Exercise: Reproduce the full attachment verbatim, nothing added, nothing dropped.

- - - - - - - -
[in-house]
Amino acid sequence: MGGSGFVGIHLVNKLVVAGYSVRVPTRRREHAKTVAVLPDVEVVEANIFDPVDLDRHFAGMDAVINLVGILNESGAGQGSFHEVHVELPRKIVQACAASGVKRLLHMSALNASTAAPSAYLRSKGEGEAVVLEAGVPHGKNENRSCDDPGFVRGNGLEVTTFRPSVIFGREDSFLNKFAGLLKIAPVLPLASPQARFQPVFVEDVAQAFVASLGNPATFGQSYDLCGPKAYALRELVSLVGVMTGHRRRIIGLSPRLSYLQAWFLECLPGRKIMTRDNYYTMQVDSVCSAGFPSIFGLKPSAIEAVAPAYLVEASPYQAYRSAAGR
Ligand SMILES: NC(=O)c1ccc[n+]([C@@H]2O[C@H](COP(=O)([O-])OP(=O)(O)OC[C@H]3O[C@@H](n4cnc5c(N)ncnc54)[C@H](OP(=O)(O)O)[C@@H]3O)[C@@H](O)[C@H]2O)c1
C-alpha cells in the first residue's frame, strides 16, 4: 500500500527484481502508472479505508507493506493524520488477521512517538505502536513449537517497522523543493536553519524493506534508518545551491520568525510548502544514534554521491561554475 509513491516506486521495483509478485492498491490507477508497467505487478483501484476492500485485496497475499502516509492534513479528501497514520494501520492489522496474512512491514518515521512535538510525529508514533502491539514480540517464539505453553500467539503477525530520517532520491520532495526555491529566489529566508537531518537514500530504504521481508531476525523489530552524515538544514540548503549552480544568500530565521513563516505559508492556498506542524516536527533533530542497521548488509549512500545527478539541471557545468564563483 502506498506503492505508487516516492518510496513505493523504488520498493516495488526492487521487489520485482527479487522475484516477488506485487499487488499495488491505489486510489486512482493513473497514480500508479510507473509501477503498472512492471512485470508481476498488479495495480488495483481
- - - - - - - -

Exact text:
[in-house]
Amino acid sequence: MGGSGFVGIHLVNKLVVAGYSVRVPTRRREHAKTVAVLPDVEVVEANIFDPVDLDRHFAGMDAVINLVGILNESGAGQGSFHEVHVELPRKIVQACAASGVKRLLHMSALNASTAAPSAYLRSKGEGEAVVLEAGVPHGKNENRSCDDPGFVRGNGLEVTTFRPSVIFGREDSFLNKFAGLLKIAPVLPLASPQARFQPVFVEDVAQAFVASLGNPATFGQSYDLCGPKAYALRELVSLVGVMTGHRRRIIGLSPRLSYLQAWFLECLPGRKIMTRDNYYTMQVDSVCSAGFPSIFGLKPSAIEAVAPAYLVEASPYQAYRSAAGR
Ligand SMILES: NC(=O)c1ccc[n+]([C@@H]2O[C@H](COP(=O)([O-])OP(=O)(O)OC[C@H]3O[C@@H](n4cnc5c(N)ncnc54)[C@H](OP(=O)(O)O)[C@@H]3O)[C@@H](O)[C@H]2O)c1
C-alpha cells in the first residue's frame, strides 16, 4: 500500500527484481502508472479505508507493506493524520488477521512517538505502536513449537517497522523543493536553519524493506534508518545551491520568525510548502544514534554521491561554475 509513491516506486521495483509478485492498491490507477508497467505487478483501484476492500485485496497475499502516509492534513479528501497514520494501520492489522496474512512491514518515521512535538510525529508514533502491539514480540517464539505453553500467539503477525530520517532520491520532495526555491529566489529566508537531518537514500530504504521481508531476525523489530552524515538544514540548503549552480544568500530565521513563516505559508492556498506542524516536527533533530542497521548488509549512500545527478539541471557545468564563483 502506498506503492505508487516516492518510496513505493523504488520498493516495488526492487521487489520485482527479487522475484516477488506485487499487488499495488491505489486510489486512482493513473497514480500508479510507473509501477503498472512492471512485470508481476498488479495495480488495483481